Poor population in DFW suburbs has risen 111 percent since 2000

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The poor population in Dallas-Fort Worth-Arlington suburbs has risen 111 percent increase from 2000 to 2011, according to a new Brookings Institution book that shows that poverty is rapidly shifting from the nation’s inner cities to suburbia.

The poor in America’s suburbs surged 64 percent in the last decade, or more than twice the rate of the urban poor population, according to the book Confronting Suburban Poverty in America, released Monday by the Washington D.C-based think tank.

“When people think of poverty in America, they tend to think of inner-city neighborhoods or isolated rural communities, but today, suburbs are home to the largest and fastest-growing poor population in the country,” says Elizabeth Kneebone, a fellow at the institution’s Metropolitan Policy Program and the lead author of the book.

“Poverty is touching more people and places than before, challenging outdated notions of where poverty is and who it affects,” she said.

There were 474,023 people living in poverty in DFW suburbs in 2011, a rise of 106,462 since 2008. Between 2000 and 2008, the number jumped by 143,118, the study shows.

The shift was even more dramatic in Austin, where the number of poor in the suburbs rose by 142 percent.

In 2010, the highest suburban poverty rates in the nation were in El Paso (36.4 percent) and McAllen (35.4). Des Moines, Iowa, had the lowest at 5.7 percent.

A big part of the issue in DFW is the rapid proliferation of the suburbs, which grew by 30.9 percent between 2000 and 2010 compared to 11.7 percent for area cities.

“The demographics of poverty are changing,” said Sonia Singleton, assistant director for Community Action Partners, an agency managed by the city of Fort Worth’s Parks and Community Department, which serves as the community action agency for Tarrant County.

“It’s everywhere. It’s people from all walks of life in all parts of the county. We try to rebuff the myth of where poverty is concentrated in the minority community. We’re seeing it across the spectrum as far as race, education and work history.

“It’s not always where you think it is,” Singleton said. “We have clients in every ZIP code.”

Kneebone and co-author Alan Berube say increases in suburban poverty are not a temporary shift brought on by the recession but the result of decades of change and growth. Suburban poverty is rising for a variety of reasons, including shifts in jobs and wages, population growth and immigration, the collapse of the housing market and the foreclosure crisis, they say.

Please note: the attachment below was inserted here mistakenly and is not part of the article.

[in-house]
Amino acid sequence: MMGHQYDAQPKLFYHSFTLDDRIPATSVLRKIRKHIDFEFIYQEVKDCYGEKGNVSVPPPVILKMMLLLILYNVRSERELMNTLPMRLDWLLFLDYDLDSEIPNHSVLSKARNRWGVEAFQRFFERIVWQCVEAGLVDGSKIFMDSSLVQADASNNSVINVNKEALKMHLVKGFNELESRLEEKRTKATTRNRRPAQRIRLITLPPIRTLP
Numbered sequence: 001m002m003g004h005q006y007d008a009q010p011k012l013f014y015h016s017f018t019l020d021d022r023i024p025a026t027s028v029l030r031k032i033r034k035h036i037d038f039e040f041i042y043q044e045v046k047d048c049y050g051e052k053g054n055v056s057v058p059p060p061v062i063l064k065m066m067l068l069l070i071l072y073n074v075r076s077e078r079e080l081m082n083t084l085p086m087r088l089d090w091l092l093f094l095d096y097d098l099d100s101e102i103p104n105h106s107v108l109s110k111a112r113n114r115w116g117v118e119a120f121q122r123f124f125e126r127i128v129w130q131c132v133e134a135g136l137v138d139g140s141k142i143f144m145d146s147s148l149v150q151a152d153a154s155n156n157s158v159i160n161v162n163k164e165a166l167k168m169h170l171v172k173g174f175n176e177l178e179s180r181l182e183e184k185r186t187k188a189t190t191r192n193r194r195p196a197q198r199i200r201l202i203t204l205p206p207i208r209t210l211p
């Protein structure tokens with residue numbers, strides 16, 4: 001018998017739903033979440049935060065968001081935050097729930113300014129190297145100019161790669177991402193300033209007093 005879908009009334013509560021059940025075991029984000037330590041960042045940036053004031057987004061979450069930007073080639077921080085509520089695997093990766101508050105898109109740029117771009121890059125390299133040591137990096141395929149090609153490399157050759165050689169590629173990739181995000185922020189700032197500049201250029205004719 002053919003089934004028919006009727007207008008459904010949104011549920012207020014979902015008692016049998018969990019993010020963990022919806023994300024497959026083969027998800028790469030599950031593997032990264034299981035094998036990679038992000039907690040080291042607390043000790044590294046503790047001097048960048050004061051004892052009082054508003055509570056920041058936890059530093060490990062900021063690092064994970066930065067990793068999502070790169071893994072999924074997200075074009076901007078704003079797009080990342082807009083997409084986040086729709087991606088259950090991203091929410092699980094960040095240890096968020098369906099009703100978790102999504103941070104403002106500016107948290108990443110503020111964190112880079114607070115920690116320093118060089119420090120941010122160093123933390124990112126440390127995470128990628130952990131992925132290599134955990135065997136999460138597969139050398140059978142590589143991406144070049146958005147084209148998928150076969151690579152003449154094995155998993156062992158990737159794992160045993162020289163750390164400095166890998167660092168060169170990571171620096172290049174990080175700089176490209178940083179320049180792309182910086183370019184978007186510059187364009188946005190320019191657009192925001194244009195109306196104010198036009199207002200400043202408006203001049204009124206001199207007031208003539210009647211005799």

Perception isn’t always reality when it comes to the poor population, said Randy Clinton, director of Community Enrichment Center, a faith-based nonprofit organization serving Northeast Tarrant County.

“I think a lot of people in the city think Northeast Tarrant is a rich area. There is wealth here in a couple of cities, but we have some older cities that have a lot of lower-income people,” Clinton said.

“People underemployed in the suburbs have transportation issues because there is no public transportation. They have to have a car, and that’s hard for people stuck at jobs that pay $8 or $9 an hour,” he said.

“The other side is a lot more divorce in the suburbs. A single mom is not going to make it on $10 an hour,” Clinton said.

Celia Cole, chief executive officer of the Fort Worth-based Texas Food Bank Network, said just reaching poor people in the suburbs is a challenge for aid organizations.

“Charitable agencies tend to cluster in urban areas. In Fort Worth, we need to find innovative ways to reach them through things like mobile pantries, and that’s expensive,” Cole said.

The aging of the suburban population is also shifting the poverty dynamic, Singleton said.

“We are seeing more elderly in suburban areas, and too often they suffer in silence. They are on fixed incomes, and the prices for food and gas keep going up. We can help them with things like energy assistance,” she said.

The new statistics don’t surprise William Pherigo, director of West Aid, a regional food pantry that serves southwest Tarrant County.

The 25-year-old pantry will be receiving 4,000 pounds of food today from the Tarrant Area Food Bank.

“We’re serving more now than we ever have. In the last five or six years there has been a big increase,” Pherigo said. “We’re seeing single parents in particular. And a lot of what we see more and more of are people who are working and not getting ahead.

“There’s a broad section of poor out in the suburbs,” he said.

The approaches to the problem of suburban poverty need to be overhauled, the authors say.

“We cannot risk recreating the same problems of entrenched concentrated poverty in suburbs that we have battled for decades to reverse in cities,” Berube said. “The suburbanization of poverty is a wake-up call.”

Confronting poverty

To confront “poverty in place,” the authors recommend a number of steps including:

• Improving systems and networks and promoting high-performing organizations.

• Identifying and reducing barriers to integration and collaboration.

• Committing to enterprise-level funding and developing consistent data sources.

“With millions of families struggling to make ends meet, we can’t afford to continue business as usual,” Kneebone said. “In this time of constrained resources, we need to leverage every dollar in more effective ways to increase access to economic opportunity for low-income residents wherever they live.”

Steve Campbell, 817-390-7981 Twitter: @stevecamp

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